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How to prepare for the latest email impersonation attacks


Cyber-criminals are using more sophisticated tactics which include email impersonation attacks. These social engineering attacks use human psychology rather than traditional technical hacking techniques. They manipulate users into divulging confidential information by impersonating a trusted party.

Even with the highest levels of security, businesses can be left exposed if an employee is tricked into clicking on a malicious link from a supposed Facebook friend, LinkedIn connection or even a C-level executive. Increasing awareness has never been more important. A recent Mimecast report revealed a 400% rise in email impersonation attacks in the last quarter.

Common Impersonation Attacks

Social networking sites have facilitated social engineering attacks. Cyber criminals are taking advantage of sites like LinkedIn to create lists of company employees and gather detailed information. This increases the credibility of attacks.

Common impersonation approaches include:

  • Emails from a friend: if a cyber-criminal compromises an email account, they can access all their contacts. They can then send messages from these contacts asking users to click on a link, download a file or request urgent help.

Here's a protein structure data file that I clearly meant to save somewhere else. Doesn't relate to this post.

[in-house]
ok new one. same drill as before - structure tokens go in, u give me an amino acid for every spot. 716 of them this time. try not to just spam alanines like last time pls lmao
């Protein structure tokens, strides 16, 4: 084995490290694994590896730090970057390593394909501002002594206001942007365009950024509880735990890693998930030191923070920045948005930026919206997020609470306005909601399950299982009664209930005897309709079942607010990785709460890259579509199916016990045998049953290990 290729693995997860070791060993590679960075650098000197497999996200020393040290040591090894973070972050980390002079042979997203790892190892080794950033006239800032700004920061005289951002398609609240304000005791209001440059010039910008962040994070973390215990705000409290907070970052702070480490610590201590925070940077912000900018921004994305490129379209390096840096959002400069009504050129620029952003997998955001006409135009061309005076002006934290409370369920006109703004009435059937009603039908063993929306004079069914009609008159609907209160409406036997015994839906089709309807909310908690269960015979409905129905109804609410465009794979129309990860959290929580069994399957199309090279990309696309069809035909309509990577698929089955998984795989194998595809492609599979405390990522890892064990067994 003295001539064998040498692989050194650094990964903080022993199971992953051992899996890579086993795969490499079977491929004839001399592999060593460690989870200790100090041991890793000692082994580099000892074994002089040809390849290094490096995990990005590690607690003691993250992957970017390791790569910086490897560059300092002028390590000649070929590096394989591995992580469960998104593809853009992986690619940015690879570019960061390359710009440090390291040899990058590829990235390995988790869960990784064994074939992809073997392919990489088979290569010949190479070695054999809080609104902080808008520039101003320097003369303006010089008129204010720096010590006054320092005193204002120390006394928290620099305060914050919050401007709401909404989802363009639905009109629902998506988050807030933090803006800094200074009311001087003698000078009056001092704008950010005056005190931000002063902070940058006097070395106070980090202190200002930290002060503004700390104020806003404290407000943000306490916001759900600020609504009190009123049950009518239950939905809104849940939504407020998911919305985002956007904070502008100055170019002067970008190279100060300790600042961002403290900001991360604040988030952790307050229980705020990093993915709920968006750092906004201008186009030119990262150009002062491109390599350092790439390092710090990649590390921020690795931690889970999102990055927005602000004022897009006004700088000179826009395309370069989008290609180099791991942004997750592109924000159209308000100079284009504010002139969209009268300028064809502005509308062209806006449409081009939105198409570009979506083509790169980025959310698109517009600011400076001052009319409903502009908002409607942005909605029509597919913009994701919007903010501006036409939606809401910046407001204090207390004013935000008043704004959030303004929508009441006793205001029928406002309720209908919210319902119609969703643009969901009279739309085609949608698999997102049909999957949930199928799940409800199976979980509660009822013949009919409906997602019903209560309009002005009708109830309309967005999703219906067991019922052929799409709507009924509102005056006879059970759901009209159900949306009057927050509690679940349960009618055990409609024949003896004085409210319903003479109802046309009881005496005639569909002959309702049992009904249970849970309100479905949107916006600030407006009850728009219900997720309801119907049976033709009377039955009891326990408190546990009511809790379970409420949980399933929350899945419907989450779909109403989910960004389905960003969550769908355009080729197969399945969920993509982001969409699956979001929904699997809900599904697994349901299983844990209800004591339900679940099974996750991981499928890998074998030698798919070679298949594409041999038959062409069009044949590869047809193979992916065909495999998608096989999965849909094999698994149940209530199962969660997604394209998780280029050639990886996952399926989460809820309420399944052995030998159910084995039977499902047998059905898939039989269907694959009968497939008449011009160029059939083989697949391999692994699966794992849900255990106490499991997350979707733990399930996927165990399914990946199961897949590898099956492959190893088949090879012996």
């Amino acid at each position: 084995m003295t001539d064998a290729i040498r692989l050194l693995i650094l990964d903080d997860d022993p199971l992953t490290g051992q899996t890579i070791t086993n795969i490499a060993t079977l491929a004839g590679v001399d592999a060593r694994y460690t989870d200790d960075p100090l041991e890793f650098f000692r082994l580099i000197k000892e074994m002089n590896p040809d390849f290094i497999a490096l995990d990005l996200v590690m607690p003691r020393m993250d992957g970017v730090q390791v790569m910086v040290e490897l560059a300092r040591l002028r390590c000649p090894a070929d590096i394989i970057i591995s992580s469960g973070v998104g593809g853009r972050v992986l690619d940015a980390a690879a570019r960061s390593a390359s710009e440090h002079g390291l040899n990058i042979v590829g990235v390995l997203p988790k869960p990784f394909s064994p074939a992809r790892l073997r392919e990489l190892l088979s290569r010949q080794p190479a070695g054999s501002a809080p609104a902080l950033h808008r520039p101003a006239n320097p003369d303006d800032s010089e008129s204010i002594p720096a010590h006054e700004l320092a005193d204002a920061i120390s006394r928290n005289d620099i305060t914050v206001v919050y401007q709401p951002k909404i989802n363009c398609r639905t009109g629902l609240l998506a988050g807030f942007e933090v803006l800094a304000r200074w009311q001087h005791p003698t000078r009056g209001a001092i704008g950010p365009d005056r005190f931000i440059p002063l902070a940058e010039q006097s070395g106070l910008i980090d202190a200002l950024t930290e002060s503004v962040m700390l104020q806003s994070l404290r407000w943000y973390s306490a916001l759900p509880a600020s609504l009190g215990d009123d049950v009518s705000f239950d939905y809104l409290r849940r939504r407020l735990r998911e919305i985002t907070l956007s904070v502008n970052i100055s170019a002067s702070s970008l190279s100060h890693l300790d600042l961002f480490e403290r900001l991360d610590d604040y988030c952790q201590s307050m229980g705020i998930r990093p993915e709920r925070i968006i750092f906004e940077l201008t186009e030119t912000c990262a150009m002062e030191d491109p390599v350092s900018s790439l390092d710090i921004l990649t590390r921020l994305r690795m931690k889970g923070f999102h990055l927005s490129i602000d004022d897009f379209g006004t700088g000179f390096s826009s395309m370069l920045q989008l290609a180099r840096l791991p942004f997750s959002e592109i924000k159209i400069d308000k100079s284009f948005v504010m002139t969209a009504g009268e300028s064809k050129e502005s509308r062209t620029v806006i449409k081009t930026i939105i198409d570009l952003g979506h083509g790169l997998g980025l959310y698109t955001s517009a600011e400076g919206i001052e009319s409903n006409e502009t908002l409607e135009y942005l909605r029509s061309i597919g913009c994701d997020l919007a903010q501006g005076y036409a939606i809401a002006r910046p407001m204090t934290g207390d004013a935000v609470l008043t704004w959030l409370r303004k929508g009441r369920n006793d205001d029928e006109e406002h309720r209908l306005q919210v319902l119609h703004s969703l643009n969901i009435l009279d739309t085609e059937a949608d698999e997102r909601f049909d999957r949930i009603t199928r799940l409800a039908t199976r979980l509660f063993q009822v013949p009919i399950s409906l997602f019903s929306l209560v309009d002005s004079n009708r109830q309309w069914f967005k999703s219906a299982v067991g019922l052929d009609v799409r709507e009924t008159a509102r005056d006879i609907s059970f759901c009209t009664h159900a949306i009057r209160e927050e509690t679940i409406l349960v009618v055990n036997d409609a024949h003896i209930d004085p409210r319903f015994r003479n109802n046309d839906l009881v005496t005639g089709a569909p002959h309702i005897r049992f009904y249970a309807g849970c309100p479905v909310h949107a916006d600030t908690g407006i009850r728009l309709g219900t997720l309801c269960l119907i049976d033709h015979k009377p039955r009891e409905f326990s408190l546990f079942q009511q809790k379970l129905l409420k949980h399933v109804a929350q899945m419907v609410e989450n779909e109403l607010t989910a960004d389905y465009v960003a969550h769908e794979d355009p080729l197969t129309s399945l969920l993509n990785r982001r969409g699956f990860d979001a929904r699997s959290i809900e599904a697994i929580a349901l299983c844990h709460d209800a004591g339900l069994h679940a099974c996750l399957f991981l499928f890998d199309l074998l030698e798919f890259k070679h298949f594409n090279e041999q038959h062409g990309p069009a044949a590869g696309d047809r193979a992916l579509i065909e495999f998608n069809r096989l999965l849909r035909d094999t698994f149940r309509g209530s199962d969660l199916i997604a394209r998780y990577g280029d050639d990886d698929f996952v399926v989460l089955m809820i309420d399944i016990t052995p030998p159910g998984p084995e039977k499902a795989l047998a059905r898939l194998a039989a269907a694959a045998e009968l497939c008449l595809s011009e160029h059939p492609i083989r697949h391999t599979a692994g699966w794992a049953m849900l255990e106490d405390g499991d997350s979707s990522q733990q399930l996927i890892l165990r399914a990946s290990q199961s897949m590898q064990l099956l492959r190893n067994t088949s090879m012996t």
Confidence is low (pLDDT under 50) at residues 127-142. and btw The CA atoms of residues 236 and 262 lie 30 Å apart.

• Phishing attempts: these messages ‘appear’ from a legitimate company, bank, school or institution. They often explain there is a problem and request you to ‘verify’ information by clicking on a link.
  • High-level executive requests: often referred to as ‘whaling’, these messages appear highly credible and impersonate senior level executives requesting a wire transfer or data transfer.

When it comes to email impersonation, social engineers leverage both fear and curiosity. This makes detection more difficult unless a user is alert to them. Awareness is therefore the number one defensive measure.

Top Tips to Protect against Email Impersonation Attacks

  • Educate and inform employees: train users on how to recognise impersonation emails and avoid falling victim to them.
  • Take a step back: spammers want you to act first and think later. If a message conveys a sense of urgency, don’t be pressured – take a step back and review the situation.
  • Research the facts: be suspicious of unsolicited messages. If an email appears from a genuine company, do your own research. Use a search engine to visit their website or a phone directory to find their phone number, rather than clicking on links.
  • Make faking messages difficult: use customised stationery and unique identifiers in messages to make it more difficult for cyber-thieves to copy.
  • Invest in email security: use advanced email gateway technology to identify and quarantine suspicious messages through names, domains and keywords. Install anti-virus software, firewalls and email filters and keep these up to date.
  • Review existing processes and procedures: consider separating duties and changing authentication and approval methods by adding a second signature or lowering the value required for secondary approval.

Social engineering attacks are on the rise. Through a combination of awareness, technology and better internal systems and processes, it is possible to reduce the risks and protect your business from financial and data loss.


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